The last ditch effort is this.  I mentioned it in last night’s post.  I am giving her less Seroquel in hopes she will be able to sleep less during the day and be more alert.  I have begun the Midodrine again to raise her blood pressure to a level that months ago seemed to control the fainting.  I recognize that these changes not likely to make much difference at this point, but the options are simply slipping away.

I managed to get hold of the office of the Psychiatrist that was recommended as one capable of handling this complex a combination of problems.  I was informed that he does not take outpatients.  There is a Physician’s Assistant that works with him who does.  An appointment with her would be at least a month out.  At this point a month is an eternity.  We are focusing on hours and days in determining what to do. The only access to that doctor would come through the inpatient Senior Diagnostics program at the hospital.  I may call and go through the process that determines eligibility for admittance. We are running out of options.

The Hospice Nurse is going to check with the Pharmacist to see how many of the meds might be available in liquid or some other form that would be easier to take.  She is also going to have the Pharmacist see if there are any meds that can be eliminated since they are for long term issues.  For instance, the cholesterol medicine, which is a fairly low dose seems superfluous at this point.

Volunteer Tamara stayed with Mary Ann for a while this afternoon.  I was able to get out and run a couple of errands.  One resulted in the added frustration of replacing a broken wireless network adapter on the computer we have in the living room so that Mary Ann can see pictures of the Grandchildren.  Of course, I can’t get the new adapter to work properly.  The stress of trying to phone someone and spend an hour or two trying to follow directions is just not something I can deal with at the moment.  At this point, little frustrations become huge quickly.  My lack of computer skills is impressive.  I will leave that problem for another time.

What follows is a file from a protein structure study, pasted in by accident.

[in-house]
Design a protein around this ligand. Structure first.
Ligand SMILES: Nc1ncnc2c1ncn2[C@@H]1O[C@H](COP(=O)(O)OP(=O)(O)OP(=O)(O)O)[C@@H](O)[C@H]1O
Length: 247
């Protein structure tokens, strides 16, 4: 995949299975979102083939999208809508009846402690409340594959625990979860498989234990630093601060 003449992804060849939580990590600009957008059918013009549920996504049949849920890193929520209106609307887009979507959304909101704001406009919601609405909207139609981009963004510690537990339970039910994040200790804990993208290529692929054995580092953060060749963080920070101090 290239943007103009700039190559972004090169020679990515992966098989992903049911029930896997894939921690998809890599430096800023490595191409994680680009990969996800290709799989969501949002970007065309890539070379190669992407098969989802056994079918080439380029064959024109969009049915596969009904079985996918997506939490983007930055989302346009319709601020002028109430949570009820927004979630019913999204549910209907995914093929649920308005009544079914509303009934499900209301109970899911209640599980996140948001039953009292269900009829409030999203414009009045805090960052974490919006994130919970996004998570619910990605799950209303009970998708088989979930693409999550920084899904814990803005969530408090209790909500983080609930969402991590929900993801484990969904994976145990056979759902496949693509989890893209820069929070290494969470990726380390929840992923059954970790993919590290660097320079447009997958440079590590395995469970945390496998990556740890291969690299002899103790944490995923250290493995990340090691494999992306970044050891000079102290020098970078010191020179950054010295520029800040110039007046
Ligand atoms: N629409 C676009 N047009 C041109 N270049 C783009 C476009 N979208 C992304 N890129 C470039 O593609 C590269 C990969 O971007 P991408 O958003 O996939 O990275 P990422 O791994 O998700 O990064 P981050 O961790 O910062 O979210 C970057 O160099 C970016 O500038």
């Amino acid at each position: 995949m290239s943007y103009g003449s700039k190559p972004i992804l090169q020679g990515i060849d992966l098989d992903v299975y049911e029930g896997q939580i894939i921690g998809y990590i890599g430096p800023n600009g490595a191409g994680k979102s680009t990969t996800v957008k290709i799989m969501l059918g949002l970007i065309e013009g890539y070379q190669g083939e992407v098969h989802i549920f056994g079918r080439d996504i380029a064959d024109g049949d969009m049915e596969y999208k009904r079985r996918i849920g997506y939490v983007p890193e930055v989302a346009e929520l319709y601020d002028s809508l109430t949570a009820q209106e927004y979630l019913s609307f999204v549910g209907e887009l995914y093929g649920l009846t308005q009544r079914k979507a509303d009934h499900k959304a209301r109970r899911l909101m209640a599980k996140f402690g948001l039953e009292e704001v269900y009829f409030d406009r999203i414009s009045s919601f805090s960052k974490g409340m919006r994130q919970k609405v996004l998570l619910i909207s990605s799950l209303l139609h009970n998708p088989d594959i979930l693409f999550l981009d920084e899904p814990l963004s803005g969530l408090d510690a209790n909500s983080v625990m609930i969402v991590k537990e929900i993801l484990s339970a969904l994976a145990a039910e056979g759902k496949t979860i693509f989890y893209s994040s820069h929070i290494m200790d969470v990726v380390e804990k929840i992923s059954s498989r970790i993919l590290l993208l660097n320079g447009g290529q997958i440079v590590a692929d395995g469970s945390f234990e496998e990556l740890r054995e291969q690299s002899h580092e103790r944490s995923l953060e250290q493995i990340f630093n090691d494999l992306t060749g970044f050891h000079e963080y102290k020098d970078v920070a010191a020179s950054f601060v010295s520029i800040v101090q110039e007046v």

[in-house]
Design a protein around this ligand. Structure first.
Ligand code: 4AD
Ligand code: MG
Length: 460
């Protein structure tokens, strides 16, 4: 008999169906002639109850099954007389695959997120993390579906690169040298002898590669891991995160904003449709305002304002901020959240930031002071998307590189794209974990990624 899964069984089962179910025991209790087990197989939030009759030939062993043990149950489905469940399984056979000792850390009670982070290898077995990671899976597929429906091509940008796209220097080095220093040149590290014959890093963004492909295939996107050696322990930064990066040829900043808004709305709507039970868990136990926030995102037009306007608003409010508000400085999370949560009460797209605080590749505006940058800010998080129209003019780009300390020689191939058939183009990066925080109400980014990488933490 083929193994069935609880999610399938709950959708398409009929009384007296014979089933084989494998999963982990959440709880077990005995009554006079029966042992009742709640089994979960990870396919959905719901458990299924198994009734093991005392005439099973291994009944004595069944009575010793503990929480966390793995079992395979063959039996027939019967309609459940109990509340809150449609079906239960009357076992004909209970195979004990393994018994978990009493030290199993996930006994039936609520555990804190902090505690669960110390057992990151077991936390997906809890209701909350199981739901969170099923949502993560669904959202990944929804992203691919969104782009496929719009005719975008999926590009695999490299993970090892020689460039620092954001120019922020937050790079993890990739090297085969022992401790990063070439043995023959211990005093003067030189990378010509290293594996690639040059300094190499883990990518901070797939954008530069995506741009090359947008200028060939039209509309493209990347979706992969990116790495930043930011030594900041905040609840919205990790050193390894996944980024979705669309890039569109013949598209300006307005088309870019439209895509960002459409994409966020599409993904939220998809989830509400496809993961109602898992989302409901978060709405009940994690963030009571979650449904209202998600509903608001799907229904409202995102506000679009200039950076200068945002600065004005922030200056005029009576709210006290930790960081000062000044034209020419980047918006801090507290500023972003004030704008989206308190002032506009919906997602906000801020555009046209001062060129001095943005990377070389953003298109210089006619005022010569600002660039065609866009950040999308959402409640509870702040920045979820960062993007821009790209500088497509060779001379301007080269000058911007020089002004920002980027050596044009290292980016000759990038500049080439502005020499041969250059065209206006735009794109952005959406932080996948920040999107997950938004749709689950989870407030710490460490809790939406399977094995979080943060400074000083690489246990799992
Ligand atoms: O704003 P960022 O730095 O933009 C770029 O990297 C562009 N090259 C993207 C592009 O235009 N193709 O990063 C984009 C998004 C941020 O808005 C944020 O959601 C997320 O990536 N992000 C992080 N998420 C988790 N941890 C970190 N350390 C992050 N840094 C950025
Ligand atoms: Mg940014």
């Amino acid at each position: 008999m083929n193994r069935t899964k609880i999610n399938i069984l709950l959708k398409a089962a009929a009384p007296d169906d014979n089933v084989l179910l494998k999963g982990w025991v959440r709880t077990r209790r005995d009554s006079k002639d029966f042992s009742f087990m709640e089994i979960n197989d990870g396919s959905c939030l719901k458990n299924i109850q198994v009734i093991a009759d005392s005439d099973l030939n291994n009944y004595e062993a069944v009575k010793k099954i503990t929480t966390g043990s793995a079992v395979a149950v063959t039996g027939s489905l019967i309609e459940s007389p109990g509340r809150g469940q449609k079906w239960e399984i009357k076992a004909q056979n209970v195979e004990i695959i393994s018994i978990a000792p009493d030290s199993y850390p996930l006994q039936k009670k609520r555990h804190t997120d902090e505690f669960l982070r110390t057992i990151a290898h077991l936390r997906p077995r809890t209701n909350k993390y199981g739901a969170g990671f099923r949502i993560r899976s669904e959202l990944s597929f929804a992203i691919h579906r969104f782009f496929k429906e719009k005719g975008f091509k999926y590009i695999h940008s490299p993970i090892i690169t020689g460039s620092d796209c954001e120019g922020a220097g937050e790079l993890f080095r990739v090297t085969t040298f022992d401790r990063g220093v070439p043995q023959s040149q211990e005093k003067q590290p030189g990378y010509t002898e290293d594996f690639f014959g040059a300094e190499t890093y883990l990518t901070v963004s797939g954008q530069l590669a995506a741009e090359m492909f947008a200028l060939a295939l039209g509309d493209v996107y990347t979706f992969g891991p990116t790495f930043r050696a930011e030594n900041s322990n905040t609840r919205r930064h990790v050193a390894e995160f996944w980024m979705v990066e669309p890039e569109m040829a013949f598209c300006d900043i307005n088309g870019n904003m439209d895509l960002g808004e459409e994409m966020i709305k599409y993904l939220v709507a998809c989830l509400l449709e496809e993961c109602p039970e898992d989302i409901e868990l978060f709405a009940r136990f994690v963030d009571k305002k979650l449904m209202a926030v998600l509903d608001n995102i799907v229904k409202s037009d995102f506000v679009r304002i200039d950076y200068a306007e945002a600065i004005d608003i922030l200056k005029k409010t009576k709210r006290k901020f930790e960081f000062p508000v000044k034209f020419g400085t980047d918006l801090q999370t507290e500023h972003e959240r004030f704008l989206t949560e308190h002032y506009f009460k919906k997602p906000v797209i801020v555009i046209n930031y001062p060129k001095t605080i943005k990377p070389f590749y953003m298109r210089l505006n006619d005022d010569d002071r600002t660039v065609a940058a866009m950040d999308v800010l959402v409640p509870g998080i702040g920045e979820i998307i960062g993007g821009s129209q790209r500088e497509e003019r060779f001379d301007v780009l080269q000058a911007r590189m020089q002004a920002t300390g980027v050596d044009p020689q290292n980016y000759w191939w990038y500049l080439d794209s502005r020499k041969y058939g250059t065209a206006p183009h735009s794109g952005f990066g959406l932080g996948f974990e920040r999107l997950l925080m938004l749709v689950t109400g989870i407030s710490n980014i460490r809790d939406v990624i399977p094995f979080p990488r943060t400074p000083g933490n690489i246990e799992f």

Volunteer Tamara asked if the Hospice Nurse had checked Mary Ann for pressure sores.  Now that she is lying in bed all day long every day, that is likely to become a problem soon.  Daughter Lisa has suggested that I turn Mary Ann when she is in bed for a long period of time.  I realized that the Hospice Nurse probably should have picked up on that concern checked for problem areas and offered a hospital bed again.  I will phone and ask about that since I need to ask the Hospice Aide to bring more wipes and chux.  At the Nurse’s suggestion, I am using chux to catch what has almost constantly been coming from Mary Ann’s mouth these last three days.

Since Mary Ann has been sleeping all night long the last few nights, I am not sleep deprived.  I still feel as tired as when the nights were difficult.  I have little doubt that has do to with the mental and emotional drain of accommodating the recent changes and their implications along with the frustrating search for adequate medical support.

One piece of good news is that Daughter Lisa and Granddaughters Abigail and Ashlyn will be arriving tomorrow afternoon.  They plan to stay for a few days.

We have been in uncharted territory for most of the time the Parkinson’s has been around, and certainly since the dementia has joined the fray.  The distance to the end of this uncharted journey seems to be diminishing at a frighteningly rapid pace.  I will continue to search for options, at least while those vital signs stay strong.